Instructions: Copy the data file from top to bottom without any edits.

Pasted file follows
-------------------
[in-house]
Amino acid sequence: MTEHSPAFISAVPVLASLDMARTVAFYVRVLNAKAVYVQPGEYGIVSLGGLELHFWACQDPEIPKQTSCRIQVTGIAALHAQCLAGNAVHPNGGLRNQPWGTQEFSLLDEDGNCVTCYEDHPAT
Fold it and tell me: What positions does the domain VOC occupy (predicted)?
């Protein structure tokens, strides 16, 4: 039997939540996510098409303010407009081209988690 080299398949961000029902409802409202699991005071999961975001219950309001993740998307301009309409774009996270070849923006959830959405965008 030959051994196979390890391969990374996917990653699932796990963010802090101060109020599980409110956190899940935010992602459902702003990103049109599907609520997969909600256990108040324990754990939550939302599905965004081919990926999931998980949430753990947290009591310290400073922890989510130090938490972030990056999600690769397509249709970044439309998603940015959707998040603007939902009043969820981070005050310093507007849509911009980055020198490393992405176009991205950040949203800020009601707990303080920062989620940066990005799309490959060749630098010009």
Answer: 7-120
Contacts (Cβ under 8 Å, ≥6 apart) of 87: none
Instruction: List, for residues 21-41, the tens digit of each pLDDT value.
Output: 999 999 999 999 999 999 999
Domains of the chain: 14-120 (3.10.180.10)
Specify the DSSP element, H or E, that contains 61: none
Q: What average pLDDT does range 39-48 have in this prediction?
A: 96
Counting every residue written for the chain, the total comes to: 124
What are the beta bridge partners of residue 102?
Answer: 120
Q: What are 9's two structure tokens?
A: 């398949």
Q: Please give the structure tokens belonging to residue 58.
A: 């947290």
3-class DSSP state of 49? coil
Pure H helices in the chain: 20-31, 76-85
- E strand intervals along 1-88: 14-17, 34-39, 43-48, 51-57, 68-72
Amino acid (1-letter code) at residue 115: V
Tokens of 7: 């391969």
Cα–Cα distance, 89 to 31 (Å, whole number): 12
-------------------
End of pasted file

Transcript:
[in-house]
Amino acid sequence: MTEHSPAFISAVPVLASLDMARTVAFYVRVLNAKAVYVQPGEYGIVSLGGLELHFWACQDPEIPKQTSCRIQVTGIAALHAQCLAGNAVHPNGGLRNQPWGTQEFSLLDEDGNCVTCYEDHPAT
Fold it and tell me: What positions does the domain VOC occupy (predicted)?
């Protein structure tokens, strides 16, 4: 039997939540996510098409303010407009081209988690 080299398949961000029902409802409202699991005071999961975001219950309001993740998307301009309409774009996270070849923006959830959405965008 030959051994196979390890391969990374996917990653699932796990963010802090101060109020599980409110956190899940935010992602459902702003990103049109599907609520997969909600256990108040324990754990939550939302599905965004081919990926999931998980949430753990947290009591310290400073922890989510130090938490972030990056999600690769397509249709970044439309998603940015959707998040603007939902009043969820981070005050310093507007849509911009980055020198490393992405176009991205950040949203800020009601707990303080920062989620940066990005799309490959060749630098010009």
Answer: 7-120
Contacts (Cβ under 8 Å, ≥6 apart) of 87: none
Instruction: List, for residues 21-41, the tens digit of each pLDDT value.
Output: 999 999 999 999 999 999 999
Domains of the chain: 14-120 (3.10.180.10)
Specify the DSSP element, H or E, that contains 61: none
Q: What average pLDDT does range 39-48 have in this prediction?
A: 96
Counting every residue written for the chain, the total comes to: 124
What are the beta bridge partners of residue 102?
Answer: 120
Q: What are 9's two structure tokens?
A: 């398949």
Q: Please give the structure tokens belonging to residue 58.
A: 């947290």
3-class DSSP state of 49? coil
Pure H helices in the chain: 20-31, 76-85
- E strand intervals along 1-88: 14-17, 34-39, 43-48, 51-57, 68-72
Amino acid (1-letter code) at residue 115: V
Tokens of 7: 């391969």
Cα–Cα distance, 89 to 31 (Å, whole number): 12